Lino Prints and Wall Art
Art by Joanne Spencer is about limited edition handcrafted reduction Lino prints.
She like doing architecture inspired Lino prints, old architecture like Stonehenge, and more modern architecture like the Clifton suspension bridge, but nature also inspires her Lino printing, especially trees.
Reduction Lino Prints and Wall Art
Joanne Spencer is the artist who brightens your life thru handcrafted reduction Lino prints and wall art genre.
She lives in a little town in Wiltshire.
Anybody who knows Wiltshire will understand Joanne’s influence and where it comes from.
Most of us know Wiltshire because of one of the best know ancient monuments.
Which one do you think it might be?
Well, I’ll give you a clue: it’s prehistoric…I think you guessed it!
As well as Stonehenge there is the Avebury stone circle and many unspoiled villages like Castle Combe and Lacock, giving Joanne a wide range of subjects to translate to Lino prints.
For those who still don’t know what the Reduction Lino Printing method is, Joanne describes it in a few words:
You transfer image you want to make onto the Lino and then carving away parts of the block, inking the block to take the first colour, printing that colour and then repeating this process through all the colours you want to use. The more colours you go through the more of the Lino block you carve away, reducing the surface area.Joanne Spencer
Joanne has made Lino prints of Stonehenge, Avebury, and some of the buildings in Wiltshire, as well as Clifton Suspension Bridge, and as a commission, further afield, The Chrysler Building in New York, as well as a variety of other prints.
As well as the architecturally inspired landscape prints, Joanne also makes nature inspired Lino prints, she loves trees, and this is evident through her Autumn Tree prints, but will try most landscapes, including moonlit water scenes.
Joanne works in small editions for her Lino prints, a maximum of 10 prints, as they are hand printed there are very slight differences in each one providing you with an individual piece of art.
The advantage of her artwork is it’s suitability for all interior design styles.
Even if we refer to a Modernist style, Traditional, Classic, Retro, Vintage, Shabby Chic, Glam, Romantic or Boho-Chic, Joanne’s handcrafted items fit perfectly into any room.
Her subjects and colour schemes can be relaxing or stimulating and are beautiful to look at.
This is the reason at least one of Joanne’s products must not be missing from our homes…after all, we have to keep in mind that beauty is important in our lives.
To get to know her even better, Joanne was more than happy to answer a few questions:
Question 1: What inspired you to become a Lino print artist.
The first time I started to carve a Lino block I felt like I was doing what I should be. Printing is joyful to me because you never know what will happen until you peel the paper back and see what has happened. If you are doing something that has a correct way to view it, for example writing, you have to reverse the image on the block, so you are constantly seeing things from different perspectives.
Question 2: When did you discover your talent?
When I was at work I had art as a hobby, when I left work in February 2017 I realised people liked the pictures I created and that pushed me to follow my dream and become a full time artist – I have no regrets. People always say about talent, but being an artist is like everything, you might start with a basic tool kit of skills, but when you are investing a lot of time in doing something you are going to improve. I have come along way since 2017 and have a far larger skills toolkit now.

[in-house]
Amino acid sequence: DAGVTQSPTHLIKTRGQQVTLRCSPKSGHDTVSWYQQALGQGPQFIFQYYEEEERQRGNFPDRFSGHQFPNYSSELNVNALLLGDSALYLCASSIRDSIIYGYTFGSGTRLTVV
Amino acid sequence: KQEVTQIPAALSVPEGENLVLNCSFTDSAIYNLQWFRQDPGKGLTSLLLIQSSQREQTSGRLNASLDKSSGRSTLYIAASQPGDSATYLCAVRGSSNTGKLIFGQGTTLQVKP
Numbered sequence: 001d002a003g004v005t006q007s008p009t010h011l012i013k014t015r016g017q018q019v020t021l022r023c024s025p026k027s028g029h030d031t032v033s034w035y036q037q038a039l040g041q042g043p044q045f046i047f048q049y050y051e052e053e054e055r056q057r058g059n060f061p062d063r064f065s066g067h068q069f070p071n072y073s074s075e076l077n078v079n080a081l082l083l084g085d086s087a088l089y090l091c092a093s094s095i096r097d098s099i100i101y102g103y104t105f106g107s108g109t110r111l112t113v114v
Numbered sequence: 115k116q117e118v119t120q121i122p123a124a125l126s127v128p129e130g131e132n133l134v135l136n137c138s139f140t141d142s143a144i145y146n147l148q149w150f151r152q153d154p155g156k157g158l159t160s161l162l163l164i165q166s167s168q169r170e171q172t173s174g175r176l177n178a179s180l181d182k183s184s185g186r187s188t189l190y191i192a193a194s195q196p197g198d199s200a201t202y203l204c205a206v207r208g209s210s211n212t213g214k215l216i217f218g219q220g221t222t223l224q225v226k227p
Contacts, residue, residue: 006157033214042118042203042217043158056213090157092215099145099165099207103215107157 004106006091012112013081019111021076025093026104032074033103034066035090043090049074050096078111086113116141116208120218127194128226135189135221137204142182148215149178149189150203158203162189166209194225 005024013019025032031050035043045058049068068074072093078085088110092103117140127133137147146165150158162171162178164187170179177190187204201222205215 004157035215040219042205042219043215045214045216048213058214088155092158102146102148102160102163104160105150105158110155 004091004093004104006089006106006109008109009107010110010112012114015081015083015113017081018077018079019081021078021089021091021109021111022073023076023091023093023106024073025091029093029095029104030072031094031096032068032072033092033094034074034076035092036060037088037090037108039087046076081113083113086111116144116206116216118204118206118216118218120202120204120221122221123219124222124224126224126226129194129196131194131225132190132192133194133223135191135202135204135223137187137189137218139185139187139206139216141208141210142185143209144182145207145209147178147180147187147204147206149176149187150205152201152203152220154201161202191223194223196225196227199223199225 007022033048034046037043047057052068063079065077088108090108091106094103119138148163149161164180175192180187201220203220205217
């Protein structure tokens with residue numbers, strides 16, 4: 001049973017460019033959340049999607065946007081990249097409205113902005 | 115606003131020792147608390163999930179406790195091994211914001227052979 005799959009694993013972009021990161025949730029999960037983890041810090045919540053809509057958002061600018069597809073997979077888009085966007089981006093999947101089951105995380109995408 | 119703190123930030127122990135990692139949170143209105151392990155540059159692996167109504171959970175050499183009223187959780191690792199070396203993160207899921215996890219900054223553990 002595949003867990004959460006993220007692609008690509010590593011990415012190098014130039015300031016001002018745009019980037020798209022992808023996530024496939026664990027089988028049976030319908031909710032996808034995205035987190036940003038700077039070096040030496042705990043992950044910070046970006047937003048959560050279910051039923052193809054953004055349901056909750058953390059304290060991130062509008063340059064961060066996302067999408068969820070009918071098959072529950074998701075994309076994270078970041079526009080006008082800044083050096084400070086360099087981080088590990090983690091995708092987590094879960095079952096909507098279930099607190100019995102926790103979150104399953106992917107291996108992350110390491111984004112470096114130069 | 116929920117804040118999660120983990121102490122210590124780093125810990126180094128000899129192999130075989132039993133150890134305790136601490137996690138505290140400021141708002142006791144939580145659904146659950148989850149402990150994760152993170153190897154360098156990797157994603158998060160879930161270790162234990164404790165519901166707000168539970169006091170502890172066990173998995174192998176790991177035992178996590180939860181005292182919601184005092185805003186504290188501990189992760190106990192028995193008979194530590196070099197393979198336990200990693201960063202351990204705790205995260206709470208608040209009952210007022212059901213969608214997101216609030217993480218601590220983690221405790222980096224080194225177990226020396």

Question 3: What is your opinion about the current trend regarding handcraft art?
I love that there is a growing desire to look for more hand made and hand crafted items, people want beautiful things, and if they can buy a scented candle that smells lovely and the smell lasts, then it is even better if they can buy it from the person who made it, the same goes for furniture, art, collectables, people want uniqueness and going to small independent hand made businesses is the best way to get this.
Question 4: What inspires you when you come up with an idea for a theme?
Question 5: Who is your favorite artist?
I like Rothko, although I couldn’t tell you why, and I like Beryl Cook for her unique view on life. I am more attracted to less famous artists. There is a lady who buys a tree, then has it sliced length ways, leaving the bark on the sides, and then paints trees onto the tree – they are lovely to look at and have a type of symmetry. I also enjoy going around art shows in schools and seeing the talent that they nurture.
Question 6: What are your dreams now?
To keep being able to do what I love, to get better at it and for people to keep wanting to buy it so I can do my happy dance.
Question 7: Which one of your artworks represents you the most?
Probably the latest one at any given time, I feel like I evolve with each print and they get better as I learn from each one. I have just finished one called Shakespeare’s Beach, which is the beach in Kent that people start the cross-channel swim from. It was the first time I tried waves and close up water, but I thoroughly enjoyed it, the sea is another one of the things l love so it was nice to try and capture it in my art.
A few concluding words…
Thank you for taking the time to read this article, I hope you like the art I make, I enjoy being able to share it with you.
You can buy Joanne’s lino prints and wall art directly from her website.